In the Footsteps of Van Gogh

February 7, 2010By Cathy NolanArchive

Tracking Vincent in
His Final Days

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Van Gogh’s “Landscape with Carriage and Train” (1890), a view of Auvers-sur-Oise.

Auvers-sur-Oise, less than 30 kilometers northwest of Paris, was the last stop on Vincent Van Gogh’s artistic journey. He found the village and its bucolic surroundings “gravely beautiful,” he wrote to his brother Theo. The doomed artist spent only 70 days there, a short but intensely creative time that produced nearly 80 paintings – among them “Wheatfield with Crows” and “The Church in Auvers” – before he took his own life in July 1890.

None of the works are still in Auvers, but the landscapes and architecture that inspired Van Gogh (and Pissarro and Cézanne) remain almost intact, attracting some 220,000 tourists annually. The most evocative site is the Auberge Ravoux, beautifully restored and now

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The Auberge Ravoux in 1890. © Institut Van Gogh

headquarters of the Institut Van Gogh, where visitors can view the modest garret room he rented (for 3.50 francs, with full board). The restaurant offers the same traditional recipes he enjoyed, such as rabbit pâté and blanquette de veau, at modern prices.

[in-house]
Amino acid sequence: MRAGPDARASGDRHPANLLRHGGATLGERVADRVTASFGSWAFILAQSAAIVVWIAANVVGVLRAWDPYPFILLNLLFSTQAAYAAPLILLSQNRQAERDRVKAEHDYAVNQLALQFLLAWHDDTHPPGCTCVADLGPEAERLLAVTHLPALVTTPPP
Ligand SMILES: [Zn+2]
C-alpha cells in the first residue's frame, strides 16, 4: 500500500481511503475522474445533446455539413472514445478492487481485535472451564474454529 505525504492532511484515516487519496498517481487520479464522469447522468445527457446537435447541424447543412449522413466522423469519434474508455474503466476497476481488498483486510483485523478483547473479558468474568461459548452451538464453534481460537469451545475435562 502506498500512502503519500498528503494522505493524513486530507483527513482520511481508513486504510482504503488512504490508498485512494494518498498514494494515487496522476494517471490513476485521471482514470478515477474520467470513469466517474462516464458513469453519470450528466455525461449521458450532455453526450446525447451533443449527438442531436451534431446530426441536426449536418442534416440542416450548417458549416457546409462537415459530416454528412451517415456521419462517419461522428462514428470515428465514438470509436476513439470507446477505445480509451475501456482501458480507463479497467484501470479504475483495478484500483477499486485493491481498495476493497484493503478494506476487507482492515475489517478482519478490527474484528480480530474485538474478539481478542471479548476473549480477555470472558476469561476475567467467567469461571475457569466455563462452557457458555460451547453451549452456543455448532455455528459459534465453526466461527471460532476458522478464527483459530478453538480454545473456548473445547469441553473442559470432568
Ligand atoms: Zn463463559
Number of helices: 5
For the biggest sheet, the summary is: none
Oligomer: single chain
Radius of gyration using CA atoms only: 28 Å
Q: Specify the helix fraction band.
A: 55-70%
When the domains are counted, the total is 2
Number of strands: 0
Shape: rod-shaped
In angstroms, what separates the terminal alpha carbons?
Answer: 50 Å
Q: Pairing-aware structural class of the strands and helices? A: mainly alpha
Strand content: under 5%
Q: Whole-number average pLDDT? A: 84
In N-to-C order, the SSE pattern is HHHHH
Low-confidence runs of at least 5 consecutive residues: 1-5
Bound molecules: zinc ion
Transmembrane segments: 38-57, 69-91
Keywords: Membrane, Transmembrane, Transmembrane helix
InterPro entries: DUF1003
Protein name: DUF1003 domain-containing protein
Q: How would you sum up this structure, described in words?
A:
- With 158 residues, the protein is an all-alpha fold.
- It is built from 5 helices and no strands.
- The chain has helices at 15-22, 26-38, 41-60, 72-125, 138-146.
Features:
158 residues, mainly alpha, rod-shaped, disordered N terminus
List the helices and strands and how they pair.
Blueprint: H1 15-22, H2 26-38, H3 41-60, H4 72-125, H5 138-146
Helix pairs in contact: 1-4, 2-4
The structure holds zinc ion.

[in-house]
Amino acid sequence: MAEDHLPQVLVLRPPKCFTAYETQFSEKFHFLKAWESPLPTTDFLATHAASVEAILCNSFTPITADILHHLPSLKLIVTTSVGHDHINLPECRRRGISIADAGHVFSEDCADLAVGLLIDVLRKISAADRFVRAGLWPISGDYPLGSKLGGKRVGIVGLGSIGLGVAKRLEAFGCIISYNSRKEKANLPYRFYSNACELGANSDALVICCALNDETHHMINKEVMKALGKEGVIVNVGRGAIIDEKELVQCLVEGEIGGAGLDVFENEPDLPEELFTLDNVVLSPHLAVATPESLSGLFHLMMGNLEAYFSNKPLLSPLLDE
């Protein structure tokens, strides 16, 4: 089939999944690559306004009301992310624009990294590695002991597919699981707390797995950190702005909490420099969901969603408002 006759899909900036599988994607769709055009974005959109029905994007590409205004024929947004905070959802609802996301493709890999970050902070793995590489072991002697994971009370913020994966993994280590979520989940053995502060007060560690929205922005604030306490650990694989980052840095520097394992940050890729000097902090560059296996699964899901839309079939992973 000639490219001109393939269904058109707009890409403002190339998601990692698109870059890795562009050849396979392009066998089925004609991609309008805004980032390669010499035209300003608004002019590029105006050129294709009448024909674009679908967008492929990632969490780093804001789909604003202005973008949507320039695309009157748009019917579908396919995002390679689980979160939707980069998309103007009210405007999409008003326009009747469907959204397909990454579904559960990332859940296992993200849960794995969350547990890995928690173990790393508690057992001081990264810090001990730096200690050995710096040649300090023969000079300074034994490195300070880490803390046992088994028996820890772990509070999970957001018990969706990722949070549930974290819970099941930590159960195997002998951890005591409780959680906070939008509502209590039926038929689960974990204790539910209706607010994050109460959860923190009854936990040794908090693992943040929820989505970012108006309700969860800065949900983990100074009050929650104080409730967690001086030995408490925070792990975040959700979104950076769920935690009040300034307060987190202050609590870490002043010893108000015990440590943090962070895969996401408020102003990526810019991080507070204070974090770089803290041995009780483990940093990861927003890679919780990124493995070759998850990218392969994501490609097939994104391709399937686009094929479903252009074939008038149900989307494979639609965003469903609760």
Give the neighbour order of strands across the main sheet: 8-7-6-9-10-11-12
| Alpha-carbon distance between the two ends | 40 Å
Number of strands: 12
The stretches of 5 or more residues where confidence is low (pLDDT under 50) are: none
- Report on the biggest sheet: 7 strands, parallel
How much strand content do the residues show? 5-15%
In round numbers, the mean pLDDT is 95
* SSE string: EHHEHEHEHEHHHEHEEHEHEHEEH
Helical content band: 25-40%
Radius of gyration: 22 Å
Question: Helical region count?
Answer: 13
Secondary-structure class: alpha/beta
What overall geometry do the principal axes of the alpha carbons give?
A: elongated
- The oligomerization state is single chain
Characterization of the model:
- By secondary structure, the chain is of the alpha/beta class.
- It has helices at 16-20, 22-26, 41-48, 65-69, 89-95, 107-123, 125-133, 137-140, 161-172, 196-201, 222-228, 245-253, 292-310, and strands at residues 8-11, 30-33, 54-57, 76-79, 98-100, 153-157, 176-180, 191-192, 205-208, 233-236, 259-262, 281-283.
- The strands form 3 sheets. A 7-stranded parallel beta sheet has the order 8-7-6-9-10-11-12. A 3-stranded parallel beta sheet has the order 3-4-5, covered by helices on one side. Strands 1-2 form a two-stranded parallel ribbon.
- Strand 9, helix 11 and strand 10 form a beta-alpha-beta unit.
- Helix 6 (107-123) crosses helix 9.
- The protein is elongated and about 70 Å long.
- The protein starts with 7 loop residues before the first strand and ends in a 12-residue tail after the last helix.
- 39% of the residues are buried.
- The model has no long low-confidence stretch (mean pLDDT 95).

Anticipating the 125th anniversary of the artist’s death next year, the 2014 cultural season in Auvers (April 5-Sept. 21) is entitled “In the Footsteps of Van Gogh.” Hardly a surprise, but it represents a big effort, public and private, to enhance the Van Gogh commemorative experience with fresh material.

Besides snazzy new information panels at key locations around the village, novelties include an exhibition of personal letters at the house of Dr. Gachet, the art-loving physician who took Van Gogh under his care, and, in the Château d’Auvers, 40 paintings by street artist Arnaud Rabier, a.k.a. Nowart, who uses spray paint to reimagine Van Gogh’s experiments with color and motion.

Additional attractions justify spending two days in Auvers to see everything: the ancient Notre Dame Church and the cemetery where Van Gogh and his brother lie side by side in simple ivy-covered graves; the charmingly kitsch Absinthe Museum, offering a dégustation of Van Gogh’s favorite brew in an updated version; the elegant home of 19th-century landscape artist Charles-François Daubigny, decorated with murals by his friends Corot and Daumier; and the Daubigny Museum’s show of contemporary art in the Van Gogh vein, including local photographer Olivier Verley’s haunting depictions in black and white of the Auvers landscapes Van Gogh painted in lurid color.

Making a day trip from Paris even easier, a direct train service is running from April 5 to November 2 on Saturdays, Sundays and holidays, departing the Gare du Nord at 9:38 am to arrive in Auvers at 10:19, and returning at 6:25 pm. When you return to Paris, don’t miss the excellent exhibition “Van Gogh/Artaud: Le Suicidé de la Société” at the Musée d’Orsay.

Cathy Nolan

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